Angora Lakes Trail - South Lake Tahoe, California

Best off-Tahoe summer day hike
1.2 miles point-to-point, 2-3 hrs, easy

Views of Fallen Leaf Lake and Mt. Tallac, along with cliff jumping and fresh-squeezed lemonade from the Angora Lakes Resort, make this off-Tahoe trail a family winner. A short hill leads to the first, lower lake. Another quarter mile or so leads to the second, upper lake which has a small, sandy shore for swimming, kayak and boat rentals, and large rock outcroppings for big, splashy cannonball dives. 

There are two options for parking, but of course, summer is busy. The first is on Angora Ridge Road, for a fee. The second is free. Follow Fallen Leaf Lake Road to the end of the lake and then park on the road shoulder. It adds about a mile (round-trip) to the out-and-back hike.

Chickadee Ridge - Incline Village, Nevada

A unique winter hike
1.7 miles point-to-point, 2-3 hrs, easy

Bring your snowshoes and camera for a ridgeline hike that offers views of the eastern shores of Lake Tahoe and interaction with adorable chickadees that will land in the palm of your hand (no birdseed required). Begin in Tahoe Meadows (also known as Mt. Rose Meadows) and then follow signs to Tahoe Rim Trail, Meadow Loops and Ophir Creek Trail - or forge your own path up the ridge. It’s easy to spy where you’re headed. Bring a sled if you're keen for a zip down the Tahoe Meadows sledding hill. 

Free parking is available at the South Tahoe Meadows Trailhead off of Mt. Rose Highway (State Route 431), about 7.4 miles from Incline Village.

Hiking near Donner Pass, CA
Hiking near Donner Pass in California © Justin Bailie / Getty Images

Commemorative Overland Emigrant Trail - Truckee, California

Best spring hike or bike ride
15 miles point-to-point, full-day, moderate

With its wide pathway and lower elevation, this trail is a snow-free early spring warm-up for all ability levels. Rolling hills past open valleys will be filled with wildflowers in May and June, and Stampede Reservoir makes for a refreshing swimming hole. The open space provides unobstructed views of Alder Creek and the jagged peaks of the Sierra Nevada Mountains. 

Most folks park and begin at the Donner Camp Picnic Area just north of Truckee off Highway 89. Historical markers remind modern-day adventurers of the Donner party’s harrowing and tragic experience sheltering a winter in 1846 when their wagon train to California was stopped due to snow.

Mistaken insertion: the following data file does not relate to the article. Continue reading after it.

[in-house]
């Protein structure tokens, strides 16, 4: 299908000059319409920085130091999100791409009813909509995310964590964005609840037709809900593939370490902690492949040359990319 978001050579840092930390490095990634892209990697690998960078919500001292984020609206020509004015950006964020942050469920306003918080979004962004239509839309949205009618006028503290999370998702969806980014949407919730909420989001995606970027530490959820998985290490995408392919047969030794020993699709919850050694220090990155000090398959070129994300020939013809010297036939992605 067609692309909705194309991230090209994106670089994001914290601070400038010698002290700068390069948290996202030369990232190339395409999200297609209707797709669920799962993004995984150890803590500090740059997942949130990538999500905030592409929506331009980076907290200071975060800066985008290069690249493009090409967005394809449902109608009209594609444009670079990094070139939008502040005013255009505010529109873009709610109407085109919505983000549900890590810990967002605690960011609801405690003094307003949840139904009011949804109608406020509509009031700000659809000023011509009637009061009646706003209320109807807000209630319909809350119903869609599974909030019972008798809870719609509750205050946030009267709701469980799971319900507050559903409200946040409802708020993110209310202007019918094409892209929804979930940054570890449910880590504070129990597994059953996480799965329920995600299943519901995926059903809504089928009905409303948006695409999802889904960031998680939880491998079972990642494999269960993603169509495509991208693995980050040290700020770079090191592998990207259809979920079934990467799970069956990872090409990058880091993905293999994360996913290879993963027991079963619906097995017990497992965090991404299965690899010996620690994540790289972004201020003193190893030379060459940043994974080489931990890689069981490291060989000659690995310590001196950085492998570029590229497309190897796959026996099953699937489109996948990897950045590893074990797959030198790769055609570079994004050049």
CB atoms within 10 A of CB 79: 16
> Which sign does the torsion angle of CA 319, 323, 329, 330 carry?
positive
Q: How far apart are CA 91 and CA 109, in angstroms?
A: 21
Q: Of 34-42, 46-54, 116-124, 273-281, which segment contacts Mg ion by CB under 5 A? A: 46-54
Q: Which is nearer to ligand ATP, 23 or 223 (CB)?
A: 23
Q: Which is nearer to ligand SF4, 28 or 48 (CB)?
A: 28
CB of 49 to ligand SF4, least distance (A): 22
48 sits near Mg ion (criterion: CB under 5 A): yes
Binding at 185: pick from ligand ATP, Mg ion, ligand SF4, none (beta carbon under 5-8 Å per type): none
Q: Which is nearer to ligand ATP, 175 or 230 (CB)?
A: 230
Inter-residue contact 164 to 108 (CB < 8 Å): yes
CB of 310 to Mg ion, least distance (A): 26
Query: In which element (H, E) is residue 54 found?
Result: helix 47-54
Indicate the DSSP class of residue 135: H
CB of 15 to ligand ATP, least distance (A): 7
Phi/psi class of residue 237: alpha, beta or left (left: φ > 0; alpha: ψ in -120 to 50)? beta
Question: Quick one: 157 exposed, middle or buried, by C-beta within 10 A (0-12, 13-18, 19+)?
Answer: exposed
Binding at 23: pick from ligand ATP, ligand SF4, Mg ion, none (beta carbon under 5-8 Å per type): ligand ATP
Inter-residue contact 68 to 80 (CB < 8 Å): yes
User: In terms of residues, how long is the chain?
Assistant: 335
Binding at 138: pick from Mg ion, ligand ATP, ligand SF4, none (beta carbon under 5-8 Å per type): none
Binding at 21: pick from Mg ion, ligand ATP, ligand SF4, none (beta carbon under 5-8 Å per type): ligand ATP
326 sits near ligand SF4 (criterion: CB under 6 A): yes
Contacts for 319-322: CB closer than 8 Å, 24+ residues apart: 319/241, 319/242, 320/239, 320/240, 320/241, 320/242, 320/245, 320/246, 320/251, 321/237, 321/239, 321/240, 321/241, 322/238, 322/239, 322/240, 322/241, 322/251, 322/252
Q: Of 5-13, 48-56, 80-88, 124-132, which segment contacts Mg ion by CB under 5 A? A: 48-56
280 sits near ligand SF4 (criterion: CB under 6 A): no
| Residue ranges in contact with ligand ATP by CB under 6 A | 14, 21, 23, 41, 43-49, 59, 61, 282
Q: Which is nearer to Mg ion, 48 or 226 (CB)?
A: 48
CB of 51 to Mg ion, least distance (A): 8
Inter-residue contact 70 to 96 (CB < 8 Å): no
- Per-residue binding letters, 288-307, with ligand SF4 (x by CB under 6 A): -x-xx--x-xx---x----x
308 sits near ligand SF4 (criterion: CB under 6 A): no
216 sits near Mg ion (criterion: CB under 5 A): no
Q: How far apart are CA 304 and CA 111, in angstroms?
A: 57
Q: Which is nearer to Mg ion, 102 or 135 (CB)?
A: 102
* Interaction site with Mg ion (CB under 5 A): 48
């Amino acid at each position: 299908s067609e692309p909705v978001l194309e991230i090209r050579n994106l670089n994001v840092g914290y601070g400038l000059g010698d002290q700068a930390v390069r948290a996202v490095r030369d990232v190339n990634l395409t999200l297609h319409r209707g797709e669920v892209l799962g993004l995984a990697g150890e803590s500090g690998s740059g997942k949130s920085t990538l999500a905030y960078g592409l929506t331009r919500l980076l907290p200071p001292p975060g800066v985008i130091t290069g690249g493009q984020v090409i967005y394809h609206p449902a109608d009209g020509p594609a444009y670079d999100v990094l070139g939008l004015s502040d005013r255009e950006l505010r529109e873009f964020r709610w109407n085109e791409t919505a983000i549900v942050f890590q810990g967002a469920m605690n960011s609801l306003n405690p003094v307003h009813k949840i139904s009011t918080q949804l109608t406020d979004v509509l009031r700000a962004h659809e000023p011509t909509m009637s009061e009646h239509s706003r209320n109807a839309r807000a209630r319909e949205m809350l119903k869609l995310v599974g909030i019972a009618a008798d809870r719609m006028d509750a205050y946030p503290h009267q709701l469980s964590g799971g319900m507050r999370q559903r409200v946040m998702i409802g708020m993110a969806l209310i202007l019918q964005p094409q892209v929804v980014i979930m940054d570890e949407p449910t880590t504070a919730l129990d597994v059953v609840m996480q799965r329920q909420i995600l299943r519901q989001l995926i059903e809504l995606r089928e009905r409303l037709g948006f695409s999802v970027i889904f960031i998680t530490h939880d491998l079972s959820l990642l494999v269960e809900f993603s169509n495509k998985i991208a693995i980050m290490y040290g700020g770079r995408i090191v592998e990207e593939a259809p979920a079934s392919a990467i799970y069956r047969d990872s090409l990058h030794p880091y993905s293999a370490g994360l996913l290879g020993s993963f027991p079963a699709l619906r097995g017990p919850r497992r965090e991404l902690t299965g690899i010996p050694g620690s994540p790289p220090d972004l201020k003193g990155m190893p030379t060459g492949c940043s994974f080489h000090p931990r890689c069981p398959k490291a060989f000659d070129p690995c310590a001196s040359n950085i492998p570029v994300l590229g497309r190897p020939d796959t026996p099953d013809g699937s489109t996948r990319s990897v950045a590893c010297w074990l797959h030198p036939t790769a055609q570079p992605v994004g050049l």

Rainbow Trail at Taylor Creek Visitor’s Center

Best wheelchair accessible and family-friendly trail
0.6 mile loop, 1-2 hrs, easy

This paved, educational loop is marked with interpretive signs and includes a stop at the Taylor Creek stream profile chamber. Fall is Kokanee salmon spawning season and an exciting time to watch for bright flashes of the pink, red and silver salmon in the underwater aquarium view. 

Aside from the creek, the trail loops through meadow and marsh, which may be blooming with red snow plant or pink monkeyflower. There are also three other family-friendly trails that can be accessed from the Taylor Creek Visitor’s Center (free to park). Lake of the Sky Trail is a dirt path that leads to the beachfront at Tallac Point on the south shore of Lake Tahoe. The quarter-mile Forest Tree Trail showcases Jeffrey Pine and Smokey’s Trail teaches young hikers about safe campfires.

Tahoe Rim Trail sunset
Sunset along the Tahoe Rim Trail © Dalton Johnson / Shutterstock

Tahoe Rim Trail (TRT)

Best for an overnight or thru-hike
170.5 mile backcountry loop that circumnavigates Lake Tahoe, 10-15 days, difficult

The Tahoe Rim Trail Association breaks this thru-hike into eight segments, each stretch ranging 20 to 30-plus miles. Depending on the mountain-lake highlight you’d like, you can choose an overnight segment or go the distance. Alpine lakes, open wildflower meadows, lava cliffs and panoramic views of Lake Tahoe are some of the natural environs that will surround you. 

In its entirety, this National Recreation Trail crosses six counties, four national forests, three wilderness areas, two states and one state park, and it shares some of its pathway with the Pacific Crest Trail. If you’ve been dreaming and scheming about that first or next thru-hike, add this one to your list.